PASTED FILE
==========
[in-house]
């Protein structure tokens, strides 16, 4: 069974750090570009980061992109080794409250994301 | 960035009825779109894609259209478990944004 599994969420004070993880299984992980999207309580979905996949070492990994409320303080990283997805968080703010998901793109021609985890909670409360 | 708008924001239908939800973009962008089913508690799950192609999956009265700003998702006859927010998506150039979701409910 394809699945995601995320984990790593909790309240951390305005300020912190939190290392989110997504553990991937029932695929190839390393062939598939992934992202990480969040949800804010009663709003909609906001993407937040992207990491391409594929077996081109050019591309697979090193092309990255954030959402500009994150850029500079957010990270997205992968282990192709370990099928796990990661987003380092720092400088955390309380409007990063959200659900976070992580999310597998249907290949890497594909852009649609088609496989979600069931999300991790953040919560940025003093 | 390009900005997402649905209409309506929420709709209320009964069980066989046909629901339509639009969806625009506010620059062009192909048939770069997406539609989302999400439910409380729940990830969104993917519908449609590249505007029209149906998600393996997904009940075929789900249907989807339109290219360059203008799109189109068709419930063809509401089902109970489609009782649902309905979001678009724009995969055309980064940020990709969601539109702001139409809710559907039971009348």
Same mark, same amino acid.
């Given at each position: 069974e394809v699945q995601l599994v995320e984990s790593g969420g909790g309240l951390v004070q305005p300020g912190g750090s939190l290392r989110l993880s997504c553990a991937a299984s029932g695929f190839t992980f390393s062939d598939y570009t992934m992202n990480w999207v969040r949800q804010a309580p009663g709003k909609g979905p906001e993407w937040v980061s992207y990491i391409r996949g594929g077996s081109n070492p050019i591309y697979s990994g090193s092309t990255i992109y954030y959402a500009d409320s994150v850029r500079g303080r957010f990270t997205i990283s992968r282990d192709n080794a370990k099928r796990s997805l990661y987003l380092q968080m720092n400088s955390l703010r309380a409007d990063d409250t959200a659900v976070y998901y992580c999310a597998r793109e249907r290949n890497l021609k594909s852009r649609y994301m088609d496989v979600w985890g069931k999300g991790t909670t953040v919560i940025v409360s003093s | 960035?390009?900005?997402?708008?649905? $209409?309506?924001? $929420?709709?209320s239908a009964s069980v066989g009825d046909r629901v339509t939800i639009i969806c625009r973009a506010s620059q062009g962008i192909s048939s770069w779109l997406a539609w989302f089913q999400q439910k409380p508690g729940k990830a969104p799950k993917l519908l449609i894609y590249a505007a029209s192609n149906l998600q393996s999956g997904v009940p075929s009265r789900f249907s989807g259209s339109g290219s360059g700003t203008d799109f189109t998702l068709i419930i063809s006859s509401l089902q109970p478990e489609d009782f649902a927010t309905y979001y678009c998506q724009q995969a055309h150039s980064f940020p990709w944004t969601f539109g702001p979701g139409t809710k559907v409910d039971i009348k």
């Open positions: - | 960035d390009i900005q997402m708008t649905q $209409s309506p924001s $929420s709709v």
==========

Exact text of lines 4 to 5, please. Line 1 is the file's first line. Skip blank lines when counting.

């Given at each position: 069974e394809v699945q995601l599994v995320e984990s790593g969420g909790g309240l951390v004070q305005p300020g912190g750090s939190l290392r989110l993880s997504c553990a991937a299984s029932g695929f190839t992980f390393s062939d598939y570009t992934m992202n990480w999207v969040r949800q804010a309580p009663g709003k909609g979905p906001e993407w937040v980061s992207y990491i391409r996949g594929g077996s081109n070492p050019i591309y697979s990994g090193s092309t990255i992109y954030y959402a500009d409320s994150v850029r500079g303080r957010f990270t997205i990283s992968r282990d192709n080794a370990k099928r796990s997805l990661y987003l380092q968080m720092n400088s955390l703010r309380a409007d990063d409250t959200a659900v976070y998901y992580c999310a597998r793109e249907r290949n890497l021609k594909s852009r649609y994301m088609d496989v979600w985890g069931k999300g991790t909670t953040v919560i940025v409360s003093s | 960035?390009?900005?997402?708008?649905? $209409?309506?924001? $929420?709709?209320s239908a009964s069980v066989g009825d046909r629901v339509t939800i639009i969806c625009r973009a506010s620059q062009g962008i192909s048939s770069w779109l997406a539609w989302f089913q999400q439910k409380p508690g729940k990830a969104p799950k993917l519908l449609i894609y590249a505007a029209s192609n149906l998600q393996s999956g997904v009940p075929s009265r789900f249907s989807g259209s339109g290219s360059g700003t203008d799109f189109t998702l068709i419930i063809s006859s509401l089902q109970p478990e489609d009782f649902a927010t309905y979001y678009c998506q724009q995969a055309h150039s980064f940020p990709w944004t969601f539109g702001p979701g139409t809710k559907v409910d039971i009348k």
């Open positions: - | 960035d390009i900005q997402m708008t649905q $209409s309506p924001s $929420s709709v």